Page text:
× Home
×

Family Crest and History Search
House of Names
FREE SHIPPING on orders of $85 or more
An excerpt from www.HouseOfNames.com archives copyright 2000 - 2017


In ancient Anglo-Saxon England, the ancestors of the Davennay surname lived near a body of water derived from the Old English word that means deep waters.

Davennay Early Origins



The surname Davennay was first found in Sussex where they held a family seat from very ancient times, some say well before the Norman Conquest and the arrival of Duke William at Hastings in 1066 A.D.

Close

Davennay Spelling Variations


Expand

Davennay Spelling Variations



It is only in the last few hundred years that the English language has been standardized. For that reason, early Anglo-Saxon surnames like Davennay are characterized by many spelling variations. As the English language changed and incorporated elements of other European languages, even literate people changed the spelling of their names. The variations of the name Davennay include: Devenish, Devonish, Devanay, Devenay, Deveney, Devenney, Devenny, O'Devanny, O'Devenish, O'Devonish and many more.

Close

Davennay Early History


Expand

Davennay Early History



This web page shows only a small excerpt of our Davennay research. Another 139 words (10 lines of text) are included under the topic Early Davennay History in all our PDF Extended History products and printed products wherever possible.

Close

Davennay Early Notables (pre 1700)


Expand

Davennay Early Notables (pre 1700)



More information is included under the topic Early Davennay Notables in all our PDF Extended History products and printed products wherever possible.

Close

Davennay In Ireland


Expand

Davennay In Ireland



Some of the Davennay family moved to Ireland, but this topic is not covered in this excerpt. Another 97 words (7 lines of text) about their life in Ireland is included in all our PDF Extended History products and printed products wherever possible.

Close

The Great Migration


Expand

The Great Migration



Many English families tired of political and religious strife left Britain for the new colonies in North America. Although the trip itself offered no relief - conditions on the ships were extremely cramped, and many travelers arrived diseased, starving, and destitute - these immigrants believed the opportunities that awaited them were worth the risks. Once in the colonies, many of the families did indeed prosper and, in turn, made significant contributions to the culture and economies of the growing colonies. An inquiry into the early roots of North American families has revealed a number of immigrants bearing the name Davennay or a variant listed above: John Devenish who settled in Barbados in 1680 with his wife, two children, and servants; another John settled in New England in 1678; Hugh, Daniel, John, Michael, Samuel, Thomas, and William Devenney, all arrived in Philadelphia between 1840 and 1870..

Close

Motto


Expand

Motto



The motto was originally a war cry or slogan. Mottoes first began to be shown with arms in the 14th and 15th centuries, but were not in general use until the 17th century. Thus the oldest coats of arms generally do not include a motto. Mottoes seldom form part of the grant of arms: Under most heraldic authorities, a motto is an optional component of the coat of arms, and can be added to or changed at will; many families have chosen not to display a motto.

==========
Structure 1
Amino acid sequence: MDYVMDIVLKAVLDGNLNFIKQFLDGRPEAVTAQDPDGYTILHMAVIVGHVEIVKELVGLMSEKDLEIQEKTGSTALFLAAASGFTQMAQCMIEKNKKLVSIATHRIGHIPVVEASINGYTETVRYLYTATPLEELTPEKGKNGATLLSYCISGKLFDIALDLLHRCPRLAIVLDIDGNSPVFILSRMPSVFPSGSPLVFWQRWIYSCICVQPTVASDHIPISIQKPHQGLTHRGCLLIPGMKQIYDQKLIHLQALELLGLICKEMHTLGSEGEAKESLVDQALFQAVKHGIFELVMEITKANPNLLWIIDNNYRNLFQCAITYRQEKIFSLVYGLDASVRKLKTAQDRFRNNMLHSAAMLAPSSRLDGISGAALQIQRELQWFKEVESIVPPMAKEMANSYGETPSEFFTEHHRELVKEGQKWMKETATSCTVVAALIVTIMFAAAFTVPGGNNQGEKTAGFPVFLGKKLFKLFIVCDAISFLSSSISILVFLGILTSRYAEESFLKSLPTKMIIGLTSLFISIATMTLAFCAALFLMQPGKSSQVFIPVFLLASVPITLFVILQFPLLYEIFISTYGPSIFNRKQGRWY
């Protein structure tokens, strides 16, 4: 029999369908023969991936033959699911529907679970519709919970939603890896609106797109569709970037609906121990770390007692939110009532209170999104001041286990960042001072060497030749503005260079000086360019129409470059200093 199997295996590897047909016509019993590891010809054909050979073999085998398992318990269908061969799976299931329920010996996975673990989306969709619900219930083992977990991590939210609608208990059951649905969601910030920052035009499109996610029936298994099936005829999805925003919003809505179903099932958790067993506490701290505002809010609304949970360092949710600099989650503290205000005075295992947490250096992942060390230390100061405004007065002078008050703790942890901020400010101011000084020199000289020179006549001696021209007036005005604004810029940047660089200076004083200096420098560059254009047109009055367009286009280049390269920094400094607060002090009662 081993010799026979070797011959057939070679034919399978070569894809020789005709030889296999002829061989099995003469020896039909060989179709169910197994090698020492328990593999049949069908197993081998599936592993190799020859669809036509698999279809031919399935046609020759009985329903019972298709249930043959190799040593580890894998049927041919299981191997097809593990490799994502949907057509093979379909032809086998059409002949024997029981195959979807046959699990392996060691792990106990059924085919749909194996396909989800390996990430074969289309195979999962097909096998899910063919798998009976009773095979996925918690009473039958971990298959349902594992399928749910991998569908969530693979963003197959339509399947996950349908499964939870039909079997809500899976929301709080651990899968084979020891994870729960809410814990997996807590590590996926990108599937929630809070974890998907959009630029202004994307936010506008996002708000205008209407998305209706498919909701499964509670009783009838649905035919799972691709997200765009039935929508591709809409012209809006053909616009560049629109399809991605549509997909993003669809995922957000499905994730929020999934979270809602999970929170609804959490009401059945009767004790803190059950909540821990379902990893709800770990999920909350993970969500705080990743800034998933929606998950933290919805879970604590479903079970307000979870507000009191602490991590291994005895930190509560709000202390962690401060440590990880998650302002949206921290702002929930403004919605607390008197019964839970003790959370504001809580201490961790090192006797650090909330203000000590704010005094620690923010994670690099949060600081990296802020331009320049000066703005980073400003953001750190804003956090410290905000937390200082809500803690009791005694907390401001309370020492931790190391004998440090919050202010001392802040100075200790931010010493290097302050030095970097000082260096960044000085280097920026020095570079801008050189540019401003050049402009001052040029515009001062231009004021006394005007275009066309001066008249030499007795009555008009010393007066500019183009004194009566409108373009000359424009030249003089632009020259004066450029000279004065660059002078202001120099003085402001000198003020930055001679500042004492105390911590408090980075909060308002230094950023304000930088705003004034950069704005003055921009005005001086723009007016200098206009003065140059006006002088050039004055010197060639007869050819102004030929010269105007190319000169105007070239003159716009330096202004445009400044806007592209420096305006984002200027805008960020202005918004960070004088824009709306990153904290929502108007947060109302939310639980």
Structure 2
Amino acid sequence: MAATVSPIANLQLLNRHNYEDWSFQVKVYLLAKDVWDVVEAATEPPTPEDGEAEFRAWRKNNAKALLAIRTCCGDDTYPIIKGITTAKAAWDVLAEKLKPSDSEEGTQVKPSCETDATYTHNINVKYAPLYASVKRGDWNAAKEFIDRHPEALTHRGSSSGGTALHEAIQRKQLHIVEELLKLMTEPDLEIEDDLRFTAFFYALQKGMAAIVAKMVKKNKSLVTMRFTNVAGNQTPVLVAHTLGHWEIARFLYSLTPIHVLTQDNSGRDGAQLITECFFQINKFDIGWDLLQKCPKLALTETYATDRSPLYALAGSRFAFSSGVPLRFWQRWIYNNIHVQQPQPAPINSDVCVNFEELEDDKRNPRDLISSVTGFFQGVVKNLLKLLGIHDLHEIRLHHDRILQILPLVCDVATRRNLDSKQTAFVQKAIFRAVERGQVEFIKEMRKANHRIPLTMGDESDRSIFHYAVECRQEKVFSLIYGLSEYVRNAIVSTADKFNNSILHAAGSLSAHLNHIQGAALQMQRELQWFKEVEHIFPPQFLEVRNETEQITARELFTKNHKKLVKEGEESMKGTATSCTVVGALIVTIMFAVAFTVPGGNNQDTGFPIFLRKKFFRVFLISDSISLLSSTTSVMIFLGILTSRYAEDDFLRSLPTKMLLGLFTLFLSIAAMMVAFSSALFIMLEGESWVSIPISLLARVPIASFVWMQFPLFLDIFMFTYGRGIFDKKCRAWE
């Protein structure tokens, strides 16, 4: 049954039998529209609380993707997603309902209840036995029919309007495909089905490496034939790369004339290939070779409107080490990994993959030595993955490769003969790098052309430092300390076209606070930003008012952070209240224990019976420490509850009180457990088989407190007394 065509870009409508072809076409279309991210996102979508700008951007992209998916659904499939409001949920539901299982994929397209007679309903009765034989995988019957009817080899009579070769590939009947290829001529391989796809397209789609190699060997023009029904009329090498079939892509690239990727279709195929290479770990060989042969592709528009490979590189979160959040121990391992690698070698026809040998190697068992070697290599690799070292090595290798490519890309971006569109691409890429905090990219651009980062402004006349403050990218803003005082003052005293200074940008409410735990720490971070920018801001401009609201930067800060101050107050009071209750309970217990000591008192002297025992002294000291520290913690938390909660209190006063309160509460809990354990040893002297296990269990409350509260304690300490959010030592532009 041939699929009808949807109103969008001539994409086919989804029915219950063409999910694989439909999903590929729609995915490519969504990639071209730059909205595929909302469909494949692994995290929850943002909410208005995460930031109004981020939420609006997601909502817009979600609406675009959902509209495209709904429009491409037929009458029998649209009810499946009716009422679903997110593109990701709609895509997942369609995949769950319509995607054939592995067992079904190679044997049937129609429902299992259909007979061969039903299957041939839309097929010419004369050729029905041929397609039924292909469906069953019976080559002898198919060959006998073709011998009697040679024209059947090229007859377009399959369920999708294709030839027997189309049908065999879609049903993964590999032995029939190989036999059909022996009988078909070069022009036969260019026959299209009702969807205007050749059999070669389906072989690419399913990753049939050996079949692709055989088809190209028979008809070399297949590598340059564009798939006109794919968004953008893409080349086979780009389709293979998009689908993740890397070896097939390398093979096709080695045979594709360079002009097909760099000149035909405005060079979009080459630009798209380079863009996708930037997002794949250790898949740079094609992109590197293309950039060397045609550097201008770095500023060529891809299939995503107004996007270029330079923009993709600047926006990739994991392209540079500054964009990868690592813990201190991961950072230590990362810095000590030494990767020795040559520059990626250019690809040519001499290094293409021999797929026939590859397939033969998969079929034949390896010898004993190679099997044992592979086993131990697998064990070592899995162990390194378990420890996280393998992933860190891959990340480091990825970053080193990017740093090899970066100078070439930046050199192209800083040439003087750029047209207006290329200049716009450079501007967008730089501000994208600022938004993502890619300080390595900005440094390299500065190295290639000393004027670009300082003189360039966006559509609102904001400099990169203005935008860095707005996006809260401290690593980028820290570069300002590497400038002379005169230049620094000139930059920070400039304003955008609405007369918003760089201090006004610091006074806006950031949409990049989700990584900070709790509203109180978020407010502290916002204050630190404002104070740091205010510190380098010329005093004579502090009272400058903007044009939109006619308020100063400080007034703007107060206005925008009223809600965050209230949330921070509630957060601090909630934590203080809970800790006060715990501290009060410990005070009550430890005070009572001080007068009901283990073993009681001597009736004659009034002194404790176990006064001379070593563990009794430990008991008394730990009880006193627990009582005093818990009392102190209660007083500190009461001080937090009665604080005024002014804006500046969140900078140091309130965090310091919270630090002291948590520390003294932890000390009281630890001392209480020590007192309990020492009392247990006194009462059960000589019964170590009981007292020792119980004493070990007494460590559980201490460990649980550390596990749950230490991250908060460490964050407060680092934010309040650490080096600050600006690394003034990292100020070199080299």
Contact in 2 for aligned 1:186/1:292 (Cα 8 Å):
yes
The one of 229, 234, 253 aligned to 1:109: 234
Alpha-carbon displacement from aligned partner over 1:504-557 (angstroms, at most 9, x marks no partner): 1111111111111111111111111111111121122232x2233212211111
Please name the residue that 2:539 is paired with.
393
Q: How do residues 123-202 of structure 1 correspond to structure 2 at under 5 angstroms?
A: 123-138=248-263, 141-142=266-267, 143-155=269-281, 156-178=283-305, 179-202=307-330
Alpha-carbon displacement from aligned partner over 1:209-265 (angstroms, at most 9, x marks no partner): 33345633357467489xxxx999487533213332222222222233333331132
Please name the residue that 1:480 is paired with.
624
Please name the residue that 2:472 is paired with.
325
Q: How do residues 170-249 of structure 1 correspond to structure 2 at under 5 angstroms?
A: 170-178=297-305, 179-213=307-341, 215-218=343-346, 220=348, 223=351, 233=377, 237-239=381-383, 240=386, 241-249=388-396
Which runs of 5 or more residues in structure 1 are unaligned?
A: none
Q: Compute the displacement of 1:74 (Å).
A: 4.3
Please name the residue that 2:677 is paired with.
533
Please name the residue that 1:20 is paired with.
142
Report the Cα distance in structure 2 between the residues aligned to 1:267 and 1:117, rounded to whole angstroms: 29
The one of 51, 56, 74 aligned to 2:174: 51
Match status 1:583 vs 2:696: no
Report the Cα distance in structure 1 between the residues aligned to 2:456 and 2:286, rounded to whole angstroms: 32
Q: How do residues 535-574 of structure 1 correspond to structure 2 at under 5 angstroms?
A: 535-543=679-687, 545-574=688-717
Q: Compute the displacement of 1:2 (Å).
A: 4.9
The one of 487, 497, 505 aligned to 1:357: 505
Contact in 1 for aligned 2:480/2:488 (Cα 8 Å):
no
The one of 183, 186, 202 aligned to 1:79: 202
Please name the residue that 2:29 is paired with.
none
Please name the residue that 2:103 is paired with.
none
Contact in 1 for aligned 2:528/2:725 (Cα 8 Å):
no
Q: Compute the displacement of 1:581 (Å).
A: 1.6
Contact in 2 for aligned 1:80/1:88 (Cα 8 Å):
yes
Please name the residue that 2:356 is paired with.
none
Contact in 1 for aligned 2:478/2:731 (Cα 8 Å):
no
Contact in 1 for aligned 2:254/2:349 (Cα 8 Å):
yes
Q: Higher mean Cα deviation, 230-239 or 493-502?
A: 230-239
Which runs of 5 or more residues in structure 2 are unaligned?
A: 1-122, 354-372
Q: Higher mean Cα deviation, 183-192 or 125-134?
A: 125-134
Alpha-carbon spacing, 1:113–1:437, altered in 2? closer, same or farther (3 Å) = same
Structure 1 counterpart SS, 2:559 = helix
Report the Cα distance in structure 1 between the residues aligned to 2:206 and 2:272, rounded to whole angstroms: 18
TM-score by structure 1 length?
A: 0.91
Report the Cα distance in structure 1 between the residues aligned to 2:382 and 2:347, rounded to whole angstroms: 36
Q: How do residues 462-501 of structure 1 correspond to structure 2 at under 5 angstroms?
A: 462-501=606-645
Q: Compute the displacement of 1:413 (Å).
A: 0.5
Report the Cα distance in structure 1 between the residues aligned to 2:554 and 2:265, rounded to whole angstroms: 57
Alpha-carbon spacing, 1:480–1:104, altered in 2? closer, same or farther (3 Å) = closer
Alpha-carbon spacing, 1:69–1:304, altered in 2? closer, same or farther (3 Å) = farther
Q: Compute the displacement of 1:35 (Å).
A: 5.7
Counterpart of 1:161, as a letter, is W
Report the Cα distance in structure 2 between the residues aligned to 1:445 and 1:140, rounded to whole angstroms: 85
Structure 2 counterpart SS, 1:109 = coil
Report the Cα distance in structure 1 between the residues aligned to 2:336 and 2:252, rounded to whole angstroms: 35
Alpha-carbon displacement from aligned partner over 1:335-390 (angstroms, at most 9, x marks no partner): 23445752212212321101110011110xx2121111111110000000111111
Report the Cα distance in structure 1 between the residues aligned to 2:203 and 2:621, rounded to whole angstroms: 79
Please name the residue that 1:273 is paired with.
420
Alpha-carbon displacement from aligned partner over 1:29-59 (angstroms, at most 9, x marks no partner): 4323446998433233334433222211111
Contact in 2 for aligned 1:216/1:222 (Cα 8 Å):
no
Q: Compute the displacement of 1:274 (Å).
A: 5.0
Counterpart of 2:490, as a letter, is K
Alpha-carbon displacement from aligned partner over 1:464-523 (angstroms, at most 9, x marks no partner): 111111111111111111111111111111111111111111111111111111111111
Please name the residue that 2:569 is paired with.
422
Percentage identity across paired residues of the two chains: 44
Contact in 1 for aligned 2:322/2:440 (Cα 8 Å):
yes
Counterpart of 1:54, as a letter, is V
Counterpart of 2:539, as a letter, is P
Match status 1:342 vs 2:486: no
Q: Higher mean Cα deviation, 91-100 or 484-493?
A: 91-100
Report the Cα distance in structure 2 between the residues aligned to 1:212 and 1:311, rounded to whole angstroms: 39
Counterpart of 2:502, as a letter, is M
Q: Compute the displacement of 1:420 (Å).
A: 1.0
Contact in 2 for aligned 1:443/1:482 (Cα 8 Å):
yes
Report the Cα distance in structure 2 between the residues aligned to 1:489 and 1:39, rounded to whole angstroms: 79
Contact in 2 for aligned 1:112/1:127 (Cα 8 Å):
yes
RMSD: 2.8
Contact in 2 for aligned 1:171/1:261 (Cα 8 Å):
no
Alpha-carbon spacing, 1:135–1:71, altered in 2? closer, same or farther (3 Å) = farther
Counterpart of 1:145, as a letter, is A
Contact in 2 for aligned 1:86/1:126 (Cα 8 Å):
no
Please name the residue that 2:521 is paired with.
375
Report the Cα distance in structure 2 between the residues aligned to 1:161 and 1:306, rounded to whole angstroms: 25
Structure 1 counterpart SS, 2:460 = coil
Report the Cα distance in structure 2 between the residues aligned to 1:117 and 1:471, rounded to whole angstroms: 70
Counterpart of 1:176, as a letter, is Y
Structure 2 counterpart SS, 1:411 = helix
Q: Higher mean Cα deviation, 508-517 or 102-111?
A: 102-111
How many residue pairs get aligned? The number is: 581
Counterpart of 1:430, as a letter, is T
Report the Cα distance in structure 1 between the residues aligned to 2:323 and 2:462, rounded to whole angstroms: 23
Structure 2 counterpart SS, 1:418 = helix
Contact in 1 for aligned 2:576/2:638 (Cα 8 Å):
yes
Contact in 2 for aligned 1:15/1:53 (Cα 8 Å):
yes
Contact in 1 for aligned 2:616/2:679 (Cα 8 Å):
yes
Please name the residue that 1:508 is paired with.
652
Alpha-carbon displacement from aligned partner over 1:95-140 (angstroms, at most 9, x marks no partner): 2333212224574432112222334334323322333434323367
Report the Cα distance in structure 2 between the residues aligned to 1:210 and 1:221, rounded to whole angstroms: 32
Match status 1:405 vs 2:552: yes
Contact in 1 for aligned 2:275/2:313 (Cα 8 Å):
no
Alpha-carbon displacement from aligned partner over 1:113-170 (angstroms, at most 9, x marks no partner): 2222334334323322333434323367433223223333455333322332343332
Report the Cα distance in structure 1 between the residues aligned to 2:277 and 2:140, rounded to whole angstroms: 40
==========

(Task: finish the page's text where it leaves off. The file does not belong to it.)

Motto: Spero et captivus nitor
Motto Translation: I hope, and though a captive I strive.


Close

Davennay Family Crest Products


Expand

Davennay Family Crest Products




Close

See Also


Expand

See Also




Close

Citations


Expand

Citations



    Other References

    1. Crispin, M. Jackson and Leonce Mary. Falaise Roll Recording Prominent Companions of William Duke of Normandy at the Conquest of England. Baltimore: Genealogical Publishing. Print.
    2. Chadwick, Nora Kershaw and J.X.W.P Corcoran. The Celts. London: Penguin, 1790. Print. (ISBN 0140212116).
    3. Samuelsen, W. David. New York City Passenger List Manifests Index 1820 - 1824. North Salt Lake, Utah: Accelerated Indexing Systems International, 1986. Print.
    4. Burke, Sir Bernard. Genealogical and Heraldic History of the Peerage and Baronetage, The Privy Council, Knightage and Compainonage. London: Burke Publishing, 1921. Print.
    5. Holt, J.C. Ed. Domesday Studies. Woodbridge: Boydell, 1987. Print. (ISBN 0-85115-477-8).
    6. Robb H. Amanda and Andrew Chesler. Encyclopedia of American Family Names. New York: Haper Collins, 1995. Print. (ISBN 0-06-270075-8).
    7. Magnusson, Magnus. Chambers Biographical Dictionary 5th edition. Edinburgh: W & R Chambers, 1990. Print.
    8. Burke, John Bernard Ed. The Roll of Battle Abbey. Baltimore: Genealogical Publishing. Print.
    9. Lennard, Reginald. Rural England 1086-1135 A Study of Social and Agrarian Conditions. Oxford: Clarendon Press, 1959. Print.
    10. Matthews, John. Matthews' American Armoury and Blue Book. London: John Matthews, 1911. Print.
    11. ...

    The Davennay Family Crest was acquired from the Houseofnames.com archives. The Davennay Family Crest was drawn according to heraldic standards based on published blazons. We generally include the oldest published family crest once associated with each surname.

    This page was last modified on 5 February 2013 at 10:48.

    Sign Up

      


    FREE SHIPPING on orders of $85 or more
    House of Names on Facebook
    Follow Houseofnames on Twitter
    Houseofnames on Pinterest